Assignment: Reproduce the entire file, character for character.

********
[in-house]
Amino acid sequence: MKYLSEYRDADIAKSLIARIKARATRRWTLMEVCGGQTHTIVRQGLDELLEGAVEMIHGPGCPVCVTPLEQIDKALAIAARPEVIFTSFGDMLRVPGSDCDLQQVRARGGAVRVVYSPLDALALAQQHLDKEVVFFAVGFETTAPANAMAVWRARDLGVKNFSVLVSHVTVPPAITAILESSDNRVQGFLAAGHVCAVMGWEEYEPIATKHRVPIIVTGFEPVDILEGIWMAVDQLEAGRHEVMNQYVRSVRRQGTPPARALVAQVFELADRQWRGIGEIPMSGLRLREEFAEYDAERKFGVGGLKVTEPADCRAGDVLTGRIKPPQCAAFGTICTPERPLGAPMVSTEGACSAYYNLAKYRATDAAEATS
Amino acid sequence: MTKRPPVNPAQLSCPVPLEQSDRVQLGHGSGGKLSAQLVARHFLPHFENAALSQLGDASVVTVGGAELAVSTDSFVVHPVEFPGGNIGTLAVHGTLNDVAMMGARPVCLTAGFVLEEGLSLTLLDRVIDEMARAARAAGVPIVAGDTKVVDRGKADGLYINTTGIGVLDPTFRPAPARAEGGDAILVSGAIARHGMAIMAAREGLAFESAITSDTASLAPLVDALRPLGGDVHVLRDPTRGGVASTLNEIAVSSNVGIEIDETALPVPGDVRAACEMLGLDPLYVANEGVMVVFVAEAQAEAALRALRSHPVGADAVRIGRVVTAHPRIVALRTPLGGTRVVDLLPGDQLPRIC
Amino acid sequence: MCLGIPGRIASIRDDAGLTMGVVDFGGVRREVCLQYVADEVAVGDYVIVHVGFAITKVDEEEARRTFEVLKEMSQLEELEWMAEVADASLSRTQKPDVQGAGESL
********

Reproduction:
[in-house]
Amino acid sequence: MKYLSEYRDADIAKSLIARIKARATRRWTLMEVCGGQTHTIVRQGLDELLEGAVEMIHGPGCPVCVTPLEQIDKALAIAARPEVIFTSFGDMLRVPGSDCDLQQVRARGGAVRVVYSPLDALALAQQHLDKEVVFFAVGFETTAPANAMAVWRARDLGVKNFSVLVSHVTVPPAITAILESSDNRVQGFLAAGHVCAVMGWEEYEPIATKHRVPIIVTGFEPVDILEGIWMAVDQLEAGRHEVMNQYVRSVRRQGTPPARALVAQVFELADRQWRGIGEIPMSGLRLREEFAEYDAERKFGVGGLKVTEPADCRAGDVLTGRIKPPQCAAFGTICTPERPLGAPMVSTEGACSAYYNLAKYRATDAAEATS
Amino acid sequence: MTKRPPVNPAQLSCPVPLEQSDRVQLGHGSGGKLSAQLVARHFLPHFENAALSQLGDASVVTVGGAELAVSTDSFVVHPVEFPGGNIGTLAVHGTLNDVAMMGARPVCLTAGFVLEEGLSLTLLDRVIDEMARAARAAGVPIVAGDTKVVDRGKADGLYINTTGIGVLDPTFRPAPARAEGGDAILVSGAIARHGMAIMAAREGLAFESAITSDTASLAPLVDALRPLGGDVHVLRDPTRGGVASTLNEIAVSSNVGIEIDETALPVPGDVRAACEMLGLDPLYVANEGVMVVFVAEAQAEAALRALRSHPVGADAVRIGRVVTAHPRIVALRTPLGGTRVVDLLPGDQLPRIC
Amino acid sequence: MCLGIPGRIASIRDDAGLTMGVVDFGGVRREVCLQYVADEVAVGDYVIVHVGFAITKVDEEEARRTFEVLKEMSQLEELEWMAEVADASLSRTQKPDVQGAGESL